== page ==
A) Is this on offer?

I mean, seriously; are they just humming in Paris and Berlin and Madrid and Rome to let their 65 year-old parliaments (along with our 745 year-old parliament) climb on top the 55 year-old European institutions and ask them to Stop! Wait a minute! What do you think you’re doing? That’s no way to treat an expensive constitutional instrument.

Is there anyone singing that song who isn’t a British Tory speaking in Britain to other British Tories?

How do we open up the Council of Ministers?

I’d use surgical knives myself but hey, that’s just me.

Should its legislative work be held in public?

That worked so well in Britain these last few years, yeah? We were right on top of that old expenses thing – we hardly let it get anywhere these last 12 years…

Maybe if you did it like the US Congress does it, and also broadcast all the committee proceedings…

Maybe then, and only then, would the BBC inform us it’s all so beautiful and sign off with a humourous piece about the Yoghurt Wars, or Alfonso, the Commission cat…

How should we increase the reporting requirements to national parliaments of ministers before and after they attend the Council of Ministers?

You know, if ministers only governed their own countries according to the traditions, moralities and the shared myths, histories and legal systems of those particular countries, then they’d only have to report to their own parliaments, and you’d get to cut out the middle man, and even the ubermensch…

How do we make enterprise, employment growth and wealth creation central to the EU's instincts and philosophy?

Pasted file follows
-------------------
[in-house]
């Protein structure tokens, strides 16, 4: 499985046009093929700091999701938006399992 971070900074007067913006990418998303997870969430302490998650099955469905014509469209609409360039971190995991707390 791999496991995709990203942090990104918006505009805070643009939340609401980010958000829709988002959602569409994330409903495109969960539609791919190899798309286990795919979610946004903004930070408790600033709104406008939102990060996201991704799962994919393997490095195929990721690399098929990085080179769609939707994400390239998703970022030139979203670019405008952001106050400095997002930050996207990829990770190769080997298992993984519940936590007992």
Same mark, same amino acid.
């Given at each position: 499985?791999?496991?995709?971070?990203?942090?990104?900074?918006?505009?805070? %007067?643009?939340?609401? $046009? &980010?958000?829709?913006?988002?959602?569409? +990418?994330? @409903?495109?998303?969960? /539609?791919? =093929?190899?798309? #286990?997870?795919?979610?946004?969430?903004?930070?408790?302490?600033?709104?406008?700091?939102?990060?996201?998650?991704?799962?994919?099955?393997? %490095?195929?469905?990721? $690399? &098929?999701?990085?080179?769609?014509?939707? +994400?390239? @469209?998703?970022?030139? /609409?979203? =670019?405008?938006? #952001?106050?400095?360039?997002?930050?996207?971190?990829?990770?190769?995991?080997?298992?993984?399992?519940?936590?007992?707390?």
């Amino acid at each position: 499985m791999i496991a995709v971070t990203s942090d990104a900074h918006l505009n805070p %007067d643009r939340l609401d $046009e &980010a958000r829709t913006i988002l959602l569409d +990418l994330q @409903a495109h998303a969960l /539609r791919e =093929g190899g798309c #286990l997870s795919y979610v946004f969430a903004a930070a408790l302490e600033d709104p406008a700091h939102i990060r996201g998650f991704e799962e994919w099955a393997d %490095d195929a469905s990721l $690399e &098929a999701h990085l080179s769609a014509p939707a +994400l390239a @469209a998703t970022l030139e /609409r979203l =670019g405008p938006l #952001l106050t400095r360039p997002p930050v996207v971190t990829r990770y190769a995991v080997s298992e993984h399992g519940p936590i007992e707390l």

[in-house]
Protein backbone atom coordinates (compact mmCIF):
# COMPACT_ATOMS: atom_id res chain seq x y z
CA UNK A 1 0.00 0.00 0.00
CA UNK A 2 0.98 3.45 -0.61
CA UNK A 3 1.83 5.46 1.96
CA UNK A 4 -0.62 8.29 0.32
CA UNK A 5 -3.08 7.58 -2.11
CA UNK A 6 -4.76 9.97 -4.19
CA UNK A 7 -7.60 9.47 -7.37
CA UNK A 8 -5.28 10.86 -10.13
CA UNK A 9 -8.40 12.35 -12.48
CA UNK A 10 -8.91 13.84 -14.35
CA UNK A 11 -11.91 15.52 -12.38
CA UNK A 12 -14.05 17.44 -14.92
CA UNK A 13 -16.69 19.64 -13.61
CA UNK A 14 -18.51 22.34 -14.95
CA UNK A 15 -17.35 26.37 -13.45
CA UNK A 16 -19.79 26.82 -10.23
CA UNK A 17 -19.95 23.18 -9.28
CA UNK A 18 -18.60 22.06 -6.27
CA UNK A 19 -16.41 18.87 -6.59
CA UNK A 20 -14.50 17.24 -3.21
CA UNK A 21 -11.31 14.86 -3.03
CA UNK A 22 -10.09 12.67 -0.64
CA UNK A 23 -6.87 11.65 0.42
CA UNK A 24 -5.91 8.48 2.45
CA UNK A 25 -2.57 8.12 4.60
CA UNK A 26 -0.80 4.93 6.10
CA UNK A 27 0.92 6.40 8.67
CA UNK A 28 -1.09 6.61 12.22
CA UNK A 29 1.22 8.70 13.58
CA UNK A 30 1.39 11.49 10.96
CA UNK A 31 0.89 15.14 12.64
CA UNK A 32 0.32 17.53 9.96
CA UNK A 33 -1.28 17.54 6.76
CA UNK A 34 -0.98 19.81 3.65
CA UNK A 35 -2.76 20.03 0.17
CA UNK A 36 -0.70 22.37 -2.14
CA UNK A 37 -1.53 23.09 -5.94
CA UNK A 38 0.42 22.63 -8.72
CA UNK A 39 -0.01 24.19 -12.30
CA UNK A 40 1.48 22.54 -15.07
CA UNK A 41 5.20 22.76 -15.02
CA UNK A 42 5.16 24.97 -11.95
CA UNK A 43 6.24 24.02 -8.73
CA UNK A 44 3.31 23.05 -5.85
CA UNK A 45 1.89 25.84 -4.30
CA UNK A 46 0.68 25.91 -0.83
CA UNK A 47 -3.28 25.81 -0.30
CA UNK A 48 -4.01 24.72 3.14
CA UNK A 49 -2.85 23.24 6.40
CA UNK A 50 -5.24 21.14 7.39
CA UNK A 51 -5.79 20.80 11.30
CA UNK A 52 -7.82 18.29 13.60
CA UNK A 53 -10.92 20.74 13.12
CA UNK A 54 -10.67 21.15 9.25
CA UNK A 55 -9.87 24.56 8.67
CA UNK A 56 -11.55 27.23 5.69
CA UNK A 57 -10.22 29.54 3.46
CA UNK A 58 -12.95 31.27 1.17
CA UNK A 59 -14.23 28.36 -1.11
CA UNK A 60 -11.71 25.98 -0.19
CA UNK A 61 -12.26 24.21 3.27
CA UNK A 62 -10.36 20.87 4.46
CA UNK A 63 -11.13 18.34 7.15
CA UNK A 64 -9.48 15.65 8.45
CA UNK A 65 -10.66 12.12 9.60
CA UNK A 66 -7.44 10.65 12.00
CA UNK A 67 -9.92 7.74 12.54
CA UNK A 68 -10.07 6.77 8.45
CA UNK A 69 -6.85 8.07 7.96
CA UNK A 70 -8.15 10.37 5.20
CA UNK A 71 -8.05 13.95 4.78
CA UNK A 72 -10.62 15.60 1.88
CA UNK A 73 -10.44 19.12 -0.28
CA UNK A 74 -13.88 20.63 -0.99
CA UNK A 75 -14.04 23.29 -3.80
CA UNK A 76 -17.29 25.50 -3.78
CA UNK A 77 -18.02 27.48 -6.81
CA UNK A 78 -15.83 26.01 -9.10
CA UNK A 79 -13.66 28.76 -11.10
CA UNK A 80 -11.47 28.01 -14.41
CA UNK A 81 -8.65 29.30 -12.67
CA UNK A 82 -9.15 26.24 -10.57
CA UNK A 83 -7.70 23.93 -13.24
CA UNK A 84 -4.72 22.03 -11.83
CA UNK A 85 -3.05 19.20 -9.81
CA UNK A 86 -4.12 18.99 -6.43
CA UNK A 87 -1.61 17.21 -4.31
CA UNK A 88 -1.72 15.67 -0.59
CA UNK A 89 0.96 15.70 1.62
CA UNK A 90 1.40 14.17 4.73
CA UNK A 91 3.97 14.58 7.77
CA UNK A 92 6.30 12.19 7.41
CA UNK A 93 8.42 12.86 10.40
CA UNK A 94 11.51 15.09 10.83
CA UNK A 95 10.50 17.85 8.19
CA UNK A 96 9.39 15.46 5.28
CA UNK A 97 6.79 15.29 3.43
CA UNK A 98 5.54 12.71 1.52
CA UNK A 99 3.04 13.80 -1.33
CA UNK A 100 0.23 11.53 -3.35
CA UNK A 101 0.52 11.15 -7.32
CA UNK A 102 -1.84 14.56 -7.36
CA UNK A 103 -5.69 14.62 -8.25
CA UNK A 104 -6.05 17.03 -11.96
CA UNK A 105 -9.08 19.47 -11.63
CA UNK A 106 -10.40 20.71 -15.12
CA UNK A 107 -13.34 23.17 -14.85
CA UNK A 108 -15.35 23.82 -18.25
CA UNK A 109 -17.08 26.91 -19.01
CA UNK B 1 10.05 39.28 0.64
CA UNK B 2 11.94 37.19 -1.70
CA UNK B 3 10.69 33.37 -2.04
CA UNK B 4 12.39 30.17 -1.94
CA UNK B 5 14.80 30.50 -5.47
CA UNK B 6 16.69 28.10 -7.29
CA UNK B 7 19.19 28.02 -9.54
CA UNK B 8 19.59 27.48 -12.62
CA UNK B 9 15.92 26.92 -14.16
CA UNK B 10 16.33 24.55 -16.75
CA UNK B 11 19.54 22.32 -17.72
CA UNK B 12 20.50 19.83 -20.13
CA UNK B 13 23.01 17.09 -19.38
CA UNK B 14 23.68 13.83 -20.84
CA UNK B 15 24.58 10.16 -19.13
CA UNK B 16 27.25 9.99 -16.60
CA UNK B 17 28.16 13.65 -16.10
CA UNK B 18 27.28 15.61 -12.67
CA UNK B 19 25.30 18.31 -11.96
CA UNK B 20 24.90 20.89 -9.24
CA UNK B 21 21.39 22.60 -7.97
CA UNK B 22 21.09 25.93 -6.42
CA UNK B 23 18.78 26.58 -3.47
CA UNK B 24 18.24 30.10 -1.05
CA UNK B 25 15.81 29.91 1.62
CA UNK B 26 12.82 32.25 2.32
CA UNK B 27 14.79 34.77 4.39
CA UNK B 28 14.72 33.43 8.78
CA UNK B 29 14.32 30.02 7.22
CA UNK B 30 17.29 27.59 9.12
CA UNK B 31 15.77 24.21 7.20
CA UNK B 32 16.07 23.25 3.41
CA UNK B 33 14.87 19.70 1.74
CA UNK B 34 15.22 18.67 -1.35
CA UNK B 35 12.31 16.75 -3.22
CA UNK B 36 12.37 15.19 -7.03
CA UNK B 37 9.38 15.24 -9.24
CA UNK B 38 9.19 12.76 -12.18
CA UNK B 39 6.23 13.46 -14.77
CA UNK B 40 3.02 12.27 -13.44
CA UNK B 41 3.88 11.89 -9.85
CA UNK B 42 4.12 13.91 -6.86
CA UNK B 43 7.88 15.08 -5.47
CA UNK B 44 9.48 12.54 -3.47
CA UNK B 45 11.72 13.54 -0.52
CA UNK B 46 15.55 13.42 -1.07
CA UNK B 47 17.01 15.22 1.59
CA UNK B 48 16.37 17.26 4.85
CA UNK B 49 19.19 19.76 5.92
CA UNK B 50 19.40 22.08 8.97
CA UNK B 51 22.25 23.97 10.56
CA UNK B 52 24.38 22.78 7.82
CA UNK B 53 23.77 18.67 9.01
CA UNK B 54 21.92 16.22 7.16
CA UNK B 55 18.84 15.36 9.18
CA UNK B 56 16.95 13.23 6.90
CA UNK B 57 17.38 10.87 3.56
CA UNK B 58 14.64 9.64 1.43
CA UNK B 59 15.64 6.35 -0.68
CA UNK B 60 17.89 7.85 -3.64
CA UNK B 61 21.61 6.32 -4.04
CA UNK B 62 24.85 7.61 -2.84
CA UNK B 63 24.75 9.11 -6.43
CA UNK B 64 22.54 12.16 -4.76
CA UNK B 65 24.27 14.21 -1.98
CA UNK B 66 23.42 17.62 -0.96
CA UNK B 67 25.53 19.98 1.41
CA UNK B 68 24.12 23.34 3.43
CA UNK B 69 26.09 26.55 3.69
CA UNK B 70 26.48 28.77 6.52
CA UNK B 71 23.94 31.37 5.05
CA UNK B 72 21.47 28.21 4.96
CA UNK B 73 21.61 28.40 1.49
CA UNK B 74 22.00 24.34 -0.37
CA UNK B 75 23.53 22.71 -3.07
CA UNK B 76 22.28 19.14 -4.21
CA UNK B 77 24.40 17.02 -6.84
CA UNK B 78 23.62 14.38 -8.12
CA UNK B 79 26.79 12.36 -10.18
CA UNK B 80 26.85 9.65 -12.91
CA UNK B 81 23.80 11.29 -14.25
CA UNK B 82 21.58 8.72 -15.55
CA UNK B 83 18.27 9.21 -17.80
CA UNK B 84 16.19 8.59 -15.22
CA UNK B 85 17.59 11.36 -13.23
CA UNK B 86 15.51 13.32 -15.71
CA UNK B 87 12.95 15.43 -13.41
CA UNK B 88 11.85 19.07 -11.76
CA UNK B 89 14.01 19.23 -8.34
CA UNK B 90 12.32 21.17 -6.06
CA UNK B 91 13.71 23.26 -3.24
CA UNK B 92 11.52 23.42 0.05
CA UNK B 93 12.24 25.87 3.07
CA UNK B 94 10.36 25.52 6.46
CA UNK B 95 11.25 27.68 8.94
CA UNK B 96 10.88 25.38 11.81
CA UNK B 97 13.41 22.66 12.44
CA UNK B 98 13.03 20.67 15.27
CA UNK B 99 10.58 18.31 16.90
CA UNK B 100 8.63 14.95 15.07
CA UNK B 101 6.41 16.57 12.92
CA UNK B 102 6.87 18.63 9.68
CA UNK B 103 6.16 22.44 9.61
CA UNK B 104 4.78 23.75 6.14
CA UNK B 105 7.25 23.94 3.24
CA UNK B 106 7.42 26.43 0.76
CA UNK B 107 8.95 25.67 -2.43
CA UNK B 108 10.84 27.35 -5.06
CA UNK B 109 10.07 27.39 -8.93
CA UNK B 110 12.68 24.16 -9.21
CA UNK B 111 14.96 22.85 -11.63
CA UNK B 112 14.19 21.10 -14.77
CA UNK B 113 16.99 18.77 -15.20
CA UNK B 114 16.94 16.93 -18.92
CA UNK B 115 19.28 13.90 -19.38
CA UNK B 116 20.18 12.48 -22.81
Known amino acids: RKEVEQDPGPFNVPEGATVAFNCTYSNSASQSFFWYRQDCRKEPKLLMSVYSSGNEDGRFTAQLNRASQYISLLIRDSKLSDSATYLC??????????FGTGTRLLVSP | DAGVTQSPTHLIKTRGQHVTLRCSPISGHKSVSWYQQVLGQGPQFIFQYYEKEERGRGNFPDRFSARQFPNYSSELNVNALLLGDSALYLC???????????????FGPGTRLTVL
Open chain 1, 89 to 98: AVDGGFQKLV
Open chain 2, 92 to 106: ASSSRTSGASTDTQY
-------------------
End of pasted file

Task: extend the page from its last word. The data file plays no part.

I think we may well be back in Lancasters and Wellingtons territory here.

Look, the continentals vary a lot, from state-worshippers to liberty-lovers, but I doubt that continued membership of the EU or its looming successor is going to achieve anything of the sort. Why not let the French do their own thing and farm weekday mornings and drive to Paris in the evening for income top-ups? Let the Germans make cars to go fast on their autobahns only to slow down when they hit everyone else’s wiggly roads anyway, and let the Czechs, poor buggers, be free for once.

A career open to the talents was a French aspiration: let us all dream of such a thing by not telling us how many hours we can work, and for whom, and for how much.

Should we make even greater use of "mutual recognition and cooperation" rather than "harmonisation", in completing the single market?

How about free trade or separate intra-national agreements? Look how well suppressing landfill to meet Dutch and Danish drainage needs is working for UK refuse disposal and see how well continent-wide legislation about work and trade function.

Is there much further scope for self-regulation by sectors on the basis of EU-wide guidelines and codes of conduct?

Try non-regulation of sectors, or the law of the land, buster – they just might work.

This particular land, by the way.

Which European social legislation poses the biggest burden on the labour market and needs to be repealed?

Nobody help him, folks. He’s got to work this one out by himself.